Citizens, government agencies, and private companies were in Kearney Tuesday and Wednesday talking about everything from right-of-way rules to turbine hardware standards.
It was all part of the 4th Annual Nebraska Wind Power Conference.
The Nebraska Wind Working Group, which sponsors the two-day event, says it's a chance for landowners, utility companies, and developers to work together to move Nebraska renewable energy forward.
"There's now a sense of community that was not there before [the conferences started], said John Hansen, President of the Nebraska Farmers Union. "At the end of the day, especially in a public power state, it's important for our citizens to be informed, engaged, and talking to their public power suppliers about the kind of energy sources that they want in their future."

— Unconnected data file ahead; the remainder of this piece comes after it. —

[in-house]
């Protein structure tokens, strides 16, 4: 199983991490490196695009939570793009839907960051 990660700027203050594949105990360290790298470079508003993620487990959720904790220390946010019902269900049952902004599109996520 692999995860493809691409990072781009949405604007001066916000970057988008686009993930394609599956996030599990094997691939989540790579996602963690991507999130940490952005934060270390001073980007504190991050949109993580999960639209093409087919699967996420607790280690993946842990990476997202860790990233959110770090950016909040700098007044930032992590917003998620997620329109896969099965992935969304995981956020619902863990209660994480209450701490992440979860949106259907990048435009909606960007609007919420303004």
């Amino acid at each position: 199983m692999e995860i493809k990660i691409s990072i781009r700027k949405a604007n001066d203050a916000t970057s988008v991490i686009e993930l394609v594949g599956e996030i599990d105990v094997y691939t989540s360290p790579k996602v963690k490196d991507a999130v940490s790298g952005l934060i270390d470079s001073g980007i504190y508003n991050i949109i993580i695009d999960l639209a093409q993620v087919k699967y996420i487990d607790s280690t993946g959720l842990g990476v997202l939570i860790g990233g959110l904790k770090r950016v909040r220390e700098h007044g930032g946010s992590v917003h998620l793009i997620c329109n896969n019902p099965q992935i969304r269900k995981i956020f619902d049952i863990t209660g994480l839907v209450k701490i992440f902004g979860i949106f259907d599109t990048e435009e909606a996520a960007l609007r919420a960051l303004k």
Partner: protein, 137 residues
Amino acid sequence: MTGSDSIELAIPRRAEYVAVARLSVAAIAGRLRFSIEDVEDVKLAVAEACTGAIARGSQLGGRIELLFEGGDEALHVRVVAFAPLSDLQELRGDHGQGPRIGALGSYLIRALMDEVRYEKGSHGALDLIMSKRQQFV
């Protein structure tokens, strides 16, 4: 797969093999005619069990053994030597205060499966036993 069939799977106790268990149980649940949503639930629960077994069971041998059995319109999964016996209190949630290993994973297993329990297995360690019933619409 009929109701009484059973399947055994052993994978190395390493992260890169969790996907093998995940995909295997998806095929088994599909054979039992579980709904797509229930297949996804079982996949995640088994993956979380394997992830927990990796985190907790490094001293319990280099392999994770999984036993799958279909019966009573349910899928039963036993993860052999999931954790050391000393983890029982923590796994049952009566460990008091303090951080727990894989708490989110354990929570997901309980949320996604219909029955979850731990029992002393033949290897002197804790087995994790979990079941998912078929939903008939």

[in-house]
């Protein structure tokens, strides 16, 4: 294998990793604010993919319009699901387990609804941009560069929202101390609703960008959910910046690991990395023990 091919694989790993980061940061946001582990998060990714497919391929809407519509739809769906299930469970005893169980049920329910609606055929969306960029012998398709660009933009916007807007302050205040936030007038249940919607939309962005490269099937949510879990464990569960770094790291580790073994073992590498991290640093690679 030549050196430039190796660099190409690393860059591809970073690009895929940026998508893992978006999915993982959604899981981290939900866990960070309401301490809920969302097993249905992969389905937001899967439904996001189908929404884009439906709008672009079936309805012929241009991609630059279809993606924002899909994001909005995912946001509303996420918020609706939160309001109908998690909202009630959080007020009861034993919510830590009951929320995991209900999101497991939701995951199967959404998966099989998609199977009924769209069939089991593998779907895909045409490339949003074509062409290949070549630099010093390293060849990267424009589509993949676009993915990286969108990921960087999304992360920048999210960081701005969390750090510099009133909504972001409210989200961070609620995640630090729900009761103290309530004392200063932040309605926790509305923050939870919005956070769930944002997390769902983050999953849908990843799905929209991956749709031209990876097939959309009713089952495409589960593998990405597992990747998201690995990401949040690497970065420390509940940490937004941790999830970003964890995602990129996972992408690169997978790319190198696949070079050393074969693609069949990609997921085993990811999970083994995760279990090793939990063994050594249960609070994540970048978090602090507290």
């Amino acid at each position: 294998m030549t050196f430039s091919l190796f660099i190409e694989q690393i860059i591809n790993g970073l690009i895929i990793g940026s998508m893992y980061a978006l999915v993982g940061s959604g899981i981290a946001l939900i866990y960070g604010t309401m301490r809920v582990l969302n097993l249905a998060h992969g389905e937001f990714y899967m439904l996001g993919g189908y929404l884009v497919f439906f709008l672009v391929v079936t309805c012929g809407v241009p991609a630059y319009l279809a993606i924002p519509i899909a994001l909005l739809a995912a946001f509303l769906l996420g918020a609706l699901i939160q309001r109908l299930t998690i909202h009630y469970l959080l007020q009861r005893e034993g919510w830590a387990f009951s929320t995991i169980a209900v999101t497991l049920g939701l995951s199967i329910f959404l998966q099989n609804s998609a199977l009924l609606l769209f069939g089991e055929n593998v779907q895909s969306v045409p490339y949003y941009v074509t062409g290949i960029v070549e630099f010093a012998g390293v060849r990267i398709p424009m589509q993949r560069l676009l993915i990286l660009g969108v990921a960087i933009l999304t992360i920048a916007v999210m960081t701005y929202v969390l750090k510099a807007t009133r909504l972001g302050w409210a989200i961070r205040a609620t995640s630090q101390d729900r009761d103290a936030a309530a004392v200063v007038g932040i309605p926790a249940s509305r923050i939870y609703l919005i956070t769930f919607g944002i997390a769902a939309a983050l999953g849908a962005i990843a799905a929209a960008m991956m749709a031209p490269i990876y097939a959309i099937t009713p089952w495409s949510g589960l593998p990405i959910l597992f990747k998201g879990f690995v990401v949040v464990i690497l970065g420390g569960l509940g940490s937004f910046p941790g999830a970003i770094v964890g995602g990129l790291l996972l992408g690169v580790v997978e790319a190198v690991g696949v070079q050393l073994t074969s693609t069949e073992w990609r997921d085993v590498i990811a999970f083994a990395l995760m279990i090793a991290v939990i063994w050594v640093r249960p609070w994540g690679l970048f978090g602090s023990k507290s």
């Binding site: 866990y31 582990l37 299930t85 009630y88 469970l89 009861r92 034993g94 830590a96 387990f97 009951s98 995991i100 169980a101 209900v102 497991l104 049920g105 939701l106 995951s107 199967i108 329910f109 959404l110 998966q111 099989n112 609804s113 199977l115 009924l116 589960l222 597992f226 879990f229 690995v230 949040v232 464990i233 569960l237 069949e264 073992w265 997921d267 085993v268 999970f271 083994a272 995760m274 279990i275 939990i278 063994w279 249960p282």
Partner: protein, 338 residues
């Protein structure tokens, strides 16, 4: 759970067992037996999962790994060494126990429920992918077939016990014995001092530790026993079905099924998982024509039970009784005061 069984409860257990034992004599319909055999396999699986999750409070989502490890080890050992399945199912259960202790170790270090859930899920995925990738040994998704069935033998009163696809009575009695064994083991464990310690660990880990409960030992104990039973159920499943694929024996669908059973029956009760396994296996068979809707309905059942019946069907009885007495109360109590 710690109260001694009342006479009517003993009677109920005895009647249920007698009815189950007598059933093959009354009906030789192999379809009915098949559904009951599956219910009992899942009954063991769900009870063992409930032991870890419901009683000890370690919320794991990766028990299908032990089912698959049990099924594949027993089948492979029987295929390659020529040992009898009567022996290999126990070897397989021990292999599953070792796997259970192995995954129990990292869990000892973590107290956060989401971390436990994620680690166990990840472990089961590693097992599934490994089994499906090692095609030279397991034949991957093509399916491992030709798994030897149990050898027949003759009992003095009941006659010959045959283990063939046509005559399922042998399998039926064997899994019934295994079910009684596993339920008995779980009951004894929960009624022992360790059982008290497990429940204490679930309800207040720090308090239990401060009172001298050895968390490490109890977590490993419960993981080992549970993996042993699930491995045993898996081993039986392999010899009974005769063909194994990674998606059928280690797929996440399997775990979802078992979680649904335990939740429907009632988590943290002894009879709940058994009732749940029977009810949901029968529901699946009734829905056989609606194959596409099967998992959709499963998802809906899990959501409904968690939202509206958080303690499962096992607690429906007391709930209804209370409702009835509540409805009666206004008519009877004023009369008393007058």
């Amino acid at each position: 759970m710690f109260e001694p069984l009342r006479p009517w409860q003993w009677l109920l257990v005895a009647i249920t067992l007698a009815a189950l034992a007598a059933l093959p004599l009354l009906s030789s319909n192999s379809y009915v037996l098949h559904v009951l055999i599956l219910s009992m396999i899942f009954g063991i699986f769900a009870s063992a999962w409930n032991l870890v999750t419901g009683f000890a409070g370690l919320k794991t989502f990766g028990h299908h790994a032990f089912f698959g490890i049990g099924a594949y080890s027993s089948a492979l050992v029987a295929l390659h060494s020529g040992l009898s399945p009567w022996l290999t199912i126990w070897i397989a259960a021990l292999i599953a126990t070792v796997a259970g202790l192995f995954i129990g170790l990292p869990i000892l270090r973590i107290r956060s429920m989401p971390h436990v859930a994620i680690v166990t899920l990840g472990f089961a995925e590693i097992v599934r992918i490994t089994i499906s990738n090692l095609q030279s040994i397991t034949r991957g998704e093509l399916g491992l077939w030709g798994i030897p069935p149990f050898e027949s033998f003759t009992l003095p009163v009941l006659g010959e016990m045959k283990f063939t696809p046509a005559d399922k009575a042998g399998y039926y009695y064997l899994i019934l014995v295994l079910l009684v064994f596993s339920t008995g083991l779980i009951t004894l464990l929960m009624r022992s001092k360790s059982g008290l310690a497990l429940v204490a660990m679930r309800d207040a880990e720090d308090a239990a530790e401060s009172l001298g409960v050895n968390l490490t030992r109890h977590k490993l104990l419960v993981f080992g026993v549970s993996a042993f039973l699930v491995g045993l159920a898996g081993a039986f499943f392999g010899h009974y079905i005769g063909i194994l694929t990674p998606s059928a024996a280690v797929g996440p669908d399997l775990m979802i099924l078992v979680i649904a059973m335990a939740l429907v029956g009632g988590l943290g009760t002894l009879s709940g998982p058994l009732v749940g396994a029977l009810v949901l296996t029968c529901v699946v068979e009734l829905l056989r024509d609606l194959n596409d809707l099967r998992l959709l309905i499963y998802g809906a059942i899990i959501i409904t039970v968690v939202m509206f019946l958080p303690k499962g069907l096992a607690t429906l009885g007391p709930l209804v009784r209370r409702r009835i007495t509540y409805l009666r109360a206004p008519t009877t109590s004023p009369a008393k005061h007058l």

Organizers say one thing that this year's Wind Power Conference is focusing on is the role of transmission - both in terms of moving wind energy across Nebraska and across the country.
"Nebraska has an enormous amount of potential for wind and other forms of renewables, the real question is do they have the delivery system to export those resources?" said Jim Hoecker, senior attorney at Husch Blackwell in Washington DC and Tuesday's keynote speaker.
Hoecker says states like Nebraska need to be willing to invest in transmission infrastructure. He says without it wind won't reach its full potential anywhere in the US.
"We're going to have reliability problems, we'll have congestion which will keep electricity prices high, so there are lots of reasons that we need to get our act together," he said.
Hoecker says the region is also hoping for positive federal policies that will encourage renewable energy growth and make it easier for states to work together.